By DONOVAN HARRELL
Having faculty “who look like them” may be the most important influence on Black students, a panel of intergenerational Black Pitt faculty, administrators, alumni and students discussed at a February panel.
“The Black Impact: Black Faculty and Administrators’ Influence on Black Student Success” event on Feb. 25 covered a variety of topics, including activism, the civil rights movement and ideas for institutional advancement.
Emily Williams, vice president and dean of academic affairs at Pitt–Bradford
Morgan Ottley, president of the Black Action Society
Curtiss Porter, a founding Black Action Society member
Jack Daniel, former vice provost for undergraduate studies and dean of students
The event was co-sponsored by the Pitt–Bradford Office for Equity, Diversity and Inclusion, the Black Action Society and the Center on Race and Social Problems.
“There's much research that points to the importance of students being able to see themselves in those who teach and nurture them at every stage in life, but especially during their college years,” Provost Ann Cudd said to kick off the event.
“These interactions serve as critical points of inspiration and of perseverance. It is extremely important to have role models who can identify with and support the cultural and racial experiences of the students they serve. Without this deeply important connection, we risk losing the stars whose higher education experiences are entrusted to us.”
Black Pitt community members have long advocated for a more diverse body of faculty. When a group of Black students formed the Black Action Society in 1968, one of their four main demands was for Pitt administrators to increase the number of Black faculty.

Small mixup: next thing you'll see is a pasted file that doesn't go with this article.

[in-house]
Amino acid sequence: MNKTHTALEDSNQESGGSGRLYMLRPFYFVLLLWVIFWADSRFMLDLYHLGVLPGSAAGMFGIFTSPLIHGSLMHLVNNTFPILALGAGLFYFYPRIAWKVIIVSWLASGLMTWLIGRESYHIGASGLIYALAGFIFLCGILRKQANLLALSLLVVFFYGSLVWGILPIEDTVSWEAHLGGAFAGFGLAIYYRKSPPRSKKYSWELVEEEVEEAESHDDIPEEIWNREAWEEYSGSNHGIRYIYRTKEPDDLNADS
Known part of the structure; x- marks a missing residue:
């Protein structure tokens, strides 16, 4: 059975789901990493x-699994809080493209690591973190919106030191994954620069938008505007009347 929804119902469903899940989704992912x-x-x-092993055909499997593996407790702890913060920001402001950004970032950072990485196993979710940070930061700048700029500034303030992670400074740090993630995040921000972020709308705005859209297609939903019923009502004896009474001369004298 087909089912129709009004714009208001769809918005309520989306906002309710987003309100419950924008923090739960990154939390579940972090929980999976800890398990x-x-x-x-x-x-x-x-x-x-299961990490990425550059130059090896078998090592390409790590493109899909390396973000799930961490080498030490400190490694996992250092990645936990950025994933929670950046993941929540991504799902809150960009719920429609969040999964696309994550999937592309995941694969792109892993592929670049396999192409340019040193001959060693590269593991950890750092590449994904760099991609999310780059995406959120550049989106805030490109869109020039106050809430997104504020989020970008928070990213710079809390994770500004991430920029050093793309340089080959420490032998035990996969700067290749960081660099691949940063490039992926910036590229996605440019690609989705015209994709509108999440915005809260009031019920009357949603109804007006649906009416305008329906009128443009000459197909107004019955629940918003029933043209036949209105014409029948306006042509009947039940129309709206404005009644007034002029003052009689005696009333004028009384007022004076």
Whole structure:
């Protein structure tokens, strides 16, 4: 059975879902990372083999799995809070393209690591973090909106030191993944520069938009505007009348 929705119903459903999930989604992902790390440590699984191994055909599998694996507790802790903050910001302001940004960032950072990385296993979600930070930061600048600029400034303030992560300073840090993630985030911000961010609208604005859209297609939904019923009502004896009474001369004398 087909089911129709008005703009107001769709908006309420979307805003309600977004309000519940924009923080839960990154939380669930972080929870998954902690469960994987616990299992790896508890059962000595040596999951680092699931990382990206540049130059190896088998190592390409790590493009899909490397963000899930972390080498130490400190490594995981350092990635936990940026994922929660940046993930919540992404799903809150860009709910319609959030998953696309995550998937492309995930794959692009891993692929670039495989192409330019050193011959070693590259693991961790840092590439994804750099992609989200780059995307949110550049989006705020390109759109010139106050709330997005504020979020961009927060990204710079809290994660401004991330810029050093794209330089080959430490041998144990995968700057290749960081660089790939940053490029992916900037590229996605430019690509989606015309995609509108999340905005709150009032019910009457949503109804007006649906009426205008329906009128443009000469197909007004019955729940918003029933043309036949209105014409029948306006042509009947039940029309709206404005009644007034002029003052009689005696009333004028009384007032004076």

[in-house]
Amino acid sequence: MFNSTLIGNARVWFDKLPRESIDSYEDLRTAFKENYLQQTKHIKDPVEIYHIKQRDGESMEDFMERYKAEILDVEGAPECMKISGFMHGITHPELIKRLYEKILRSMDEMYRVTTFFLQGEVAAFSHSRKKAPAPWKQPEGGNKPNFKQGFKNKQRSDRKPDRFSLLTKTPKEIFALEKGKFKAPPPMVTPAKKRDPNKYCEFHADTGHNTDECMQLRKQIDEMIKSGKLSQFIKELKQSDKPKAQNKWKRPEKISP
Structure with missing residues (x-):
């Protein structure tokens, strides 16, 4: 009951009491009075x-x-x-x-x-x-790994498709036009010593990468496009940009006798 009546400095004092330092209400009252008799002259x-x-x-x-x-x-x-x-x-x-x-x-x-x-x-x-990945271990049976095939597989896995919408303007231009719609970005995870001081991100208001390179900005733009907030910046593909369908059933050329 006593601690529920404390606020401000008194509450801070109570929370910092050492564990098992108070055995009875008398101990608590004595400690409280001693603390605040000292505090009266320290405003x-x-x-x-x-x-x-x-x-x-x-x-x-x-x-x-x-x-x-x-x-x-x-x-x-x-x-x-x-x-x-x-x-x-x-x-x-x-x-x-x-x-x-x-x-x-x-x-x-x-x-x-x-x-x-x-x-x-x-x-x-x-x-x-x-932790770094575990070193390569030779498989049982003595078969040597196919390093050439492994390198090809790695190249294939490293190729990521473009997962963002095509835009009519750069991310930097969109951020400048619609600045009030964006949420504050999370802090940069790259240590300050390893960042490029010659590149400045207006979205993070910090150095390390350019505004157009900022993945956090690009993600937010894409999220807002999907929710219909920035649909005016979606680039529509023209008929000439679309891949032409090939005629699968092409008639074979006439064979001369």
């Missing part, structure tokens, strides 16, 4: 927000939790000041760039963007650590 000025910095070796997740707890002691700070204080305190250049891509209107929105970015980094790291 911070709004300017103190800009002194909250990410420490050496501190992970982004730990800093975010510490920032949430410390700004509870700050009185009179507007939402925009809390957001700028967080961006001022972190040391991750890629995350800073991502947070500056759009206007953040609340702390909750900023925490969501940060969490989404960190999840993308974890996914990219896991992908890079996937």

Porter, who was a founding member of the Black Action Society, said this demand and the others were designed to help “create a truly human society” at the University.
“I think that all of our efforts were trying to break down the barriers of racism and to advance society through the mechanism of the University so that essentially all people are treated equally,” he said.
Ottley, a senior neuroscience student, said students feel more confident when they see faculty “who look like them.” This also helps create a sense of opportunity and belonging for students, she added.
And Williams said that as a Black woman in senior administration at Pitt–Bradford, she feels a responsibility to help advance diversity, equity and inclusion.
She said that when she sees students like Ottley, she remembers that since the beginning of her career, she has always seen herself as an influencer. And she said she takes that role very seriously when working with faculty and staff at Pitt–Bradford to improve the lives of Black students.
“I saw myself as an influencer and someone that was supremely courageous, because I knew I was going to have to walk forward very differently than what might have been expected of me,” Williams said. “In that regard, I am going to always and continuously be that influencer, number one for the students, and then certainly for faculty and staff.”
Without the influence of Black Pitt faculty and students and the efforts of the founding members of the Black Action Society, she probably would not have advanced to where she is now, Ottley said.
“Without their actions, without the first group of students who sat in the (Cathedral of Learning) and demanded change until it was made, I don’t think we would have the same fire that we have today to kind of push towards the same agenda,” Ottley said.
To see the rest of the conversation, visit the Black Pitt Faculty Facebook page.
Donovan Harrell is a writer for the University Times. Reach him at email@example.com or 412-383-9905.
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